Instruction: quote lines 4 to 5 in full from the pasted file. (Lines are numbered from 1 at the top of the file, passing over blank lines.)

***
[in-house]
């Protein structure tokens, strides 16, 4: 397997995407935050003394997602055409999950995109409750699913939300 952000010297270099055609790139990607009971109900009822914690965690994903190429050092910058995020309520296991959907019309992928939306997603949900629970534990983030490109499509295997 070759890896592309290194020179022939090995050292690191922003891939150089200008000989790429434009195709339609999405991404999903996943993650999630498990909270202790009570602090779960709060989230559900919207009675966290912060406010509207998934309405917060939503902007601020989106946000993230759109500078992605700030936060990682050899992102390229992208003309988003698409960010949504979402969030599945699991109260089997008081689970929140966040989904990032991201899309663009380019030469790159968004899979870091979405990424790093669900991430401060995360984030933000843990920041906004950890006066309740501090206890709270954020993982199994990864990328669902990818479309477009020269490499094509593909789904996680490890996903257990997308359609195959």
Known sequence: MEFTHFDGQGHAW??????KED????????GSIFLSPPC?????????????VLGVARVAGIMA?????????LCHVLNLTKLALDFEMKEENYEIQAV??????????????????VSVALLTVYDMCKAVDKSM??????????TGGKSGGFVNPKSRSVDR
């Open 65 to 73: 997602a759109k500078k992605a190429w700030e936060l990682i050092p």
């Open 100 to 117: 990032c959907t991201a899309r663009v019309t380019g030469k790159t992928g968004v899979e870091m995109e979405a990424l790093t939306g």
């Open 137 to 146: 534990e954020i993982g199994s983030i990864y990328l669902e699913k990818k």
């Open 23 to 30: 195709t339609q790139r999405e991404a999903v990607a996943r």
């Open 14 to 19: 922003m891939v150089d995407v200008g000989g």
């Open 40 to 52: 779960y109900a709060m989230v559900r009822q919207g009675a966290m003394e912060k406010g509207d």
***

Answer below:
């Open 65 to 73: 997602a759109k500078k992605a190429w700030e936060l990682i050092p």
């Open 100 to 117: 990032c959907t991201a899309r663009v019309t380019g030469k790159t992928g968004v899979e870091m995109e979405a990424l790093t939306g």